Recommended initial pharmacotherapy for postmenopausal osteoporosis in women at moderate risk for fracture includes medications in the antiresorptive drug class. These medications slow or suppress osteoclast-mediated bone resorption, resulting in increased BMD. Drugs in this class that have been shown to reduce the risk for hip, nonvertebral, and spine fractures include bisphosphonates (BPs) such as alendronate, risedronate, and zoledronic acid and the RANK ligand inhibitor denosumab.20,22 Two other drugs in the antiresorptive class, the BP ibandronate and the estrogen agonist/antagonist raloxifene, have been shown to reduce vertebral fracture risk but not that of nonvertebral or hip fracture.20
The NP and Dot discuss the implications of her test results and her risk for future fractures. Dot says that the fall and wrist fracture scared her, and that she does not want to endure a hip fracture as her mother did. Her main treatment goals are to improve and/or stabilize her T-scores and to decrease her fracture risk. She agrees to start an oral BP.
Oral BPs are taken on a daily, weekly, or monthly basis. These medications may cause dysphagia, esophagitis, and esophageal ulcers. Patients with esophageal abnormalities that delay esophageal emptying or who cannot stand or sit upright for at least 30-60 minutes after ingesting medication should not use oral BPs. Hypocalcemia is a possible adverse effect. Serum calcium and serum creatinine should be measured before beginning treatment; BPs should not be used in individuals with renal impairment. Rare but serious adverse effects with long-term and high-dose BP therapy include osteonecrosis of the jaw and atypical femur fracture.20,22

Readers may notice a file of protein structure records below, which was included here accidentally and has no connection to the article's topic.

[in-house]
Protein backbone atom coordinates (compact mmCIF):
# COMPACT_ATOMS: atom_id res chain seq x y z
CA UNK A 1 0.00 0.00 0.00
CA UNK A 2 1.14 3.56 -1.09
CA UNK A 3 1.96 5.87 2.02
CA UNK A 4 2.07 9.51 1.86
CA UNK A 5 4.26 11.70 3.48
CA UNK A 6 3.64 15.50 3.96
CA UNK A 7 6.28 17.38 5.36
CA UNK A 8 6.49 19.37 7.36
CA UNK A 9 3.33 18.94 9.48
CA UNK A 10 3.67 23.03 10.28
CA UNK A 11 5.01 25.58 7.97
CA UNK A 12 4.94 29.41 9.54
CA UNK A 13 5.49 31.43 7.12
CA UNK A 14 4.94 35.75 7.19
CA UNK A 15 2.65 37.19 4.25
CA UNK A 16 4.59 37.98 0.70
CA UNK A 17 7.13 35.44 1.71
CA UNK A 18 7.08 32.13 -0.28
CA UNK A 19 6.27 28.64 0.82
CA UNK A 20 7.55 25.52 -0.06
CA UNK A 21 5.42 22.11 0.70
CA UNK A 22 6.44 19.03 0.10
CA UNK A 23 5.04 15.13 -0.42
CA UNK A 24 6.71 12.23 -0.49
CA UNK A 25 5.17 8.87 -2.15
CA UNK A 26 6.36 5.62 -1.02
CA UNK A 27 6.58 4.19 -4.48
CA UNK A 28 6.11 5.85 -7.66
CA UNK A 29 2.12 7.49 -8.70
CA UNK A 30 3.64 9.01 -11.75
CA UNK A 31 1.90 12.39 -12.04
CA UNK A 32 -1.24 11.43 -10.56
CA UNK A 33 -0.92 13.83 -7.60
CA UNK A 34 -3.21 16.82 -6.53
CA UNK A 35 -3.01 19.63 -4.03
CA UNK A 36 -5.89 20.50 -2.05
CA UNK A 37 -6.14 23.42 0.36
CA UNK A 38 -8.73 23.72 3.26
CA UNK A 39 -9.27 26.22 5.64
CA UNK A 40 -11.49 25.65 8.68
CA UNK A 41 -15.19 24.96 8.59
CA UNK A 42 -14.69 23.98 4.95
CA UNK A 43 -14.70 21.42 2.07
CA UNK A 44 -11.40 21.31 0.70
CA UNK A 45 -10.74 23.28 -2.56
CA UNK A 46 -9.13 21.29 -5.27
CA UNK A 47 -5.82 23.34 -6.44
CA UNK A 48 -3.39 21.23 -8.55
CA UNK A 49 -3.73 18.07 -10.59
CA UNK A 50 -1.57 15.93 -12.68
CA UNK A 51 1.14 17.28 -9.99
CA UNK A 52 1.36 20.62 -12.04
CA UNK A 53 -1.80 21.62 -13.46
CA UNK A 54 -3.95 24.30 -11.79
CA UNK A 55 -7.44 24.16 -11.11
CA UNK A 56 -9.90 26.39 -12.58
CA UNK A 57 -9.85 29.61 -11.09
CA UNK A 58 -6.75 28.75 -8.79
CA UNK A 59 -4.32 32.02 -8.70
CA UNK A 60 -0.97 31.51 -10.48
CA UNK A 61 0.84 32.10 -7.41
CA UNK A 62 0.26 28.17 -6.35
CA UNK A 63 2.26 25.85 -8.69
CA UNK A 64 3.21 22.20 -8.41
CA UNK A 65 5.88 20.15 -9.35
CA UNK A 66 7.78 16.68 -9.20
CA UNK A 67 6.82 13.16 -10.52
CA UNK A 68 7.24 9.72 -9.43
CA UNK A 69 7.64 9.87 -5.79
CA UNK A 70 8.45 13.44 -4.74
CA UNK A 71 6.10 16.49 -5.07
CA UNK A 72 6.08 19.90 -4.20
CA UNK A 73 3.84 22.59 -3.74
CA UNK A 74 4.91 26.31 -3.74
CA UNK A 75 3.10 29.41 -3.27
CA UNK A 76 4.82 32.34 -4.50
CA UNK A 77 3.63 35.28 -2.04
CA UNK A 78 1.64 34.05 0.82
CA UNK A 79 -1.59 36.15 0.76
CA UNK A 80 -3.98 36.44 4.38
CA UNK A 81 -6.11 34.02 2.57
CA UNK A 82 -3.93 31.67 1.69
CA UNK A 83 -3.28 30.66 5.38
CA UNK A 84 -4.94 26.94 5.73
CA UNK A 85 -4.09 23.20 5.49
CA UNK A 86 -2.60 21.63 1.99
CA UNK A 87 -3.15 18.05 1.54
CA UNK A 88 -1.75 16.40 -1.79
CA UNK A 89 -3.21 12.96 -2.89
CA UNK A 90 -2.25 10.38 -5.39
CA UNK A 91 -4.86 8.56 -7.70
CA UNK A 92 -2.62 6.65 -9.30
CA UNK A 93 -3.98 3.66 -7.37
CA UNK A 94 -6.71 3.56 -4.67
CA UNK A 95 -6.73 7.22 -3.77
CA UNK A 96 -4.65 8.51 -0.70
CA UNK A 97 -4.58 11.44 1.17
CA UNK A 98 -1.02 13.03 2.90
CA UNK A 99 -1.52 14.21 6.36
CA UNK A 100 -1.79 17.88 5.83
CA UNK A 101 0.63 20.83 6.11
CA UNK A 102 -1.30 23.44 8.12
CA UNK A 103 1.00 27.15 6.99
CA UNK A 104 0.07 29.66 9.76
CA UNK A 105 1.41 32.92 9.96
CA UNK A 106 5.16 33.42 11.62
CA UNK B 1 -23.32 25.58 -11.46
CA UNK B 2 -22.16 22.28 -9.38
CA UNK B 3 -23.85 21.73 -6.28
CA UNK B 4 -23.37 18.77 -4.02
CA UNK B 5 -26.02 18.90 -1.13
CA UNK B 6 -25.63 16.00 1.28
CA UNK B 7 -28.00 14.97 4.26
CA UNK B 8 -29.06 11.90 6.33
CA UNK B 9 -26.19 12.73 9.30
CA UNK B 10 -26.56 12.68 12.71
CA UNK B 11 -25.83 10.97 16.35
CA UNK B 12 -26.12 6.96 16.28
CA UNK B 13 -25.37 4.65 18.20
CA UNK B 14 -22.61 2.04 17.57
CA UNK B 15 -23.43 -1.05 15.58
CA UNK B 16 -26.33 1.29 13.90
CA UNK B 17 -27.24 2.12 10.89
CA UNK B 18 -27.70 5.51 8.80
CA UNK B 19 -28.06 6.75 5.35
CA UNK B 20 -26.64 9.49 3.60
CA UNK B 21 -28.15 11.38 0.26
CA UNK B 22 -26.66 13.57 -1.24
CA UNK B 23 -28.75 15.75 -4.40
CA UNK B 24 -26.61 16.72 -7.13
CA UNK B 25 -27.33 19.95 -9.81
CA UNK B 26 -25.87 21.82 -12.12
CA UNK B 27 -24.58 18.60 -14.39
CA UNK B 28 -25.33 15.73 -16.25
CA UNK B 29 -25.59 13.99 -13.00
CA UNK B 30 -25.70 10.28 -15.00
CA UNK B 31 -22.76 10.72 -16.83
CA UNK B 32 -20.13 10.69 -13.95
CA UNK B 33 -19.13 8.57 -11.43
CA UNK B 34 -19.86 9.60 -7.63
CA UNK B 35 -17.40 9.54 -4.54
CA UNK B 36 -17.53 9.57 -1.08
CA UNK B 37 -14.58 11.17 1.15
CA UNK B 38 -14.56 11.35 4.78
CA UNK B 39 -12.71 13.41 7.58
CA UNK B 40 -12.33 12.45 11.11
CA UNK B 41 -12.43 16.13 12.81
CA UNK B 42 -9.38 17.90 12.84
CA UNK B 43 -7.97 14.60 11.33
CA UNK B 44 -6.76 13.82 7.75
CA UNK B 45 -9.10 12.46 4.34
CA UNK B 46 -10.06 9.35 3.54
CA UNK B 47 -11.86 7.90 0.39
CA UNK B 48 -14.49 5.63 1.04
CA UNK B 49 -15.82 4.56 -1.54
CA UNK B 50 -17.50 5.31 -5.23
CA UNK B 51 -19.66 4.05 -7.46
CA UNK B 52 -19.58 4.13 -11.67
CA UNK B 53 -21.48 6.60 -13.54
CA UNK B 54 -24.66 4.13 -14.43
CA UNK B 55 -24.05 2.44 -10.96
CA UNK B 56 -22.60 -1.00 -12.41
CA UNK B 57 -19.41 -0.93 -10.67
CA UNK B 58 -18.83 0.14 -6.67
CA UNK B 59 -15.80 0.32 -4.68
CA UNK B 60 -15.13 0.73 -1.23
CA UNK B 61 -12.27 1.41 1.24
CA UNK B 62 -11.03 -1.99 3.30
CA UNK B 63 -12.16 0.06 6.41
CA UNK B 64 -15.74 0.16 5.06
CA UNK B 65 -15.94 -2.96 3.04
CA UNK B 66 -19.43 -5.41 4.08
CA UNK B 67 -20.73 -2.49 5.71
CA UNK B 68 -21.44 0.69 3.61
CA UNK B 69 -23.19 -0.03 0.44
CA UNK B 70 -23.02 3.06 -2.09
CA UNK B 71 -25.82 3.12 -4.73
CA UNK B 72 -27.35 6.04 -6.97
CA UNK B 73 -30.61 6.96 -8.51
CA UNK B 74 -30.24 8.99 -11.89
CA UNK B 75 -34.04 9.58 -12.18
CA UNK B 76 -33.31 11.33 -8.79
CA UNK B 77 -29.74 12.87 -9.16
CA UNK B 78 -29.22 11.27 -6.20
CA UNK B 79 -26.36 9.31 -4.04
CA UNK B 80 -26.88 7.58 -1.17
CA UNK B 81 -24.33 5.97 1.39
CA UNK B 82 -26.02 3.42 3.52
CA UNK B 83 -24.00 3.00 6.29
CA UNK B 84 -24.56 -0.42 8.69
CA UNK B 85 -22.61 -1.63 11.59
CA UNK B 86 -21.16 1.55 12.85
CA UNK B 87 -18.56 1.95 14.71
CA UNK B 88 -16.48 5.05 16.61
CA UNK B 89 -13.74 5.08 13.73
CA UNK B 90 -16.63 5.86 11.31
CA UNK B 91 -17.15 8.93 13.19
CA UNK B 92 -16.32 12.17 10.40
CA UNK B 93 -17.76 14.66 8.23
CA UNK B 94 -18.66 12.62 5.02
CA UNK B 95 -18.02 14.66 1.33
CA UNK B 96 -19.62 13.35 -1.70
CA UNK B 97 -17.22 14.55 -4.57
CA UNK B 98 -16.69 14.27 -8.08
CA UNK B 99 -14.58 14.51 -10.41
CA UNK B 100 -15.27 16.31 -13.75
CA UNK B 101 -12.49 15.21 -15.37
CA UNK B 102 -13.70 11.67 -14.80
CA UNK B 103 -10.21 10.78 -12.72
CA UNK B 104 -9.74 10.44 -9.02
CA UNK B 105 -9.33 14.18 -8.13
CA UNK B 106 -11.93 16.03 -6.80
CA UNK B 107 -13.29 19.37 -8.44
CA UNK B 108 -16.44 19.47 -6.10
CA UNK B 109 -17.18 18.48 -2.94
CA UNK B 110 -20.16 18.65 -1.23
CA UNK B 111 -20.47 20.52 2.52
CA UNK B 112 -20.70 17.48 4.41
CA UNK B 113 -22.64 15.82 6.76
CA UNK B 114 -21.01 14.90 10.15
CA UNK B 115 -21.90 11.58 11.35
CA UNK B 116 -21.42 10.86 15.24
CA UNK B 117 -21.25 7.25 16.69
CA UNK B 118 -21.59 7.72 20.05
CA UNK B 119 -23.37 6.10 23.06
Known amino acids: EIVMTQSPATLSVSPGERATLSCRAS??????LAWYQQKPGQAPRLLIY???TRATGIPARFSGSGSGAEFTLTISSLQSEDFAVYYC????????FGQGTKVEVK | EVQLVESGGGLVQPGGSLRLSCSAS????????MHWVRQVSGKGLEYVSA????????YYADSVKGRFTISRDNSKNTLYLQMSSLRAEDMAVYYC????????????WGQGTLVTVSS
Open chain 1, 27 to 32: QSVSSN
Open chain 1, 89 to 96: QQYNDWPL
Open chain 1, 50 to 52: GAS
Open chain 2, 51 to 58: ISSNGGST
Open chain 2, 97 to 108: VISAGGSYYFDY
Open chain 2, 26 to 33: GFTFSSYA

Zoledronic acid is a BP given by intravenous infusion once yearly and denosumab is given by subcutaneous injection every 6 months. Either of these two drugs may be appropriate as initial treatment for postmenopausal women at high fracture risk, those who cannot tolerate oral agents, those with lower gastrointestinal problems that may inhibit absorption, and those who have difficulty remembering to take or adhering to instructions for oral medications.20
Attention is given to Dot’s deficiency in vitamin D, which is essential for efficient intestinal absorption of calcium and may enhance response to BP therapy. In Dot’s case, the likely cause of the vitamin D deficiency is lack of dietary vitamin D and age-related decline in cutaneous production.22Pharmacologic management options include 50,000 IU of vitamin D2 or D3 once weekly or 5,000 IU of vitamin D2 or D3 daily for 8-12 weeks to achieve a blood 25(OH)D level >30 ng/mL. Maintenance therapy is 1,000-2,000 IU of vitaminD3 daily or an appropriate dose to maintain a blood 25(OH)D level ≥30 ng/mL.20,22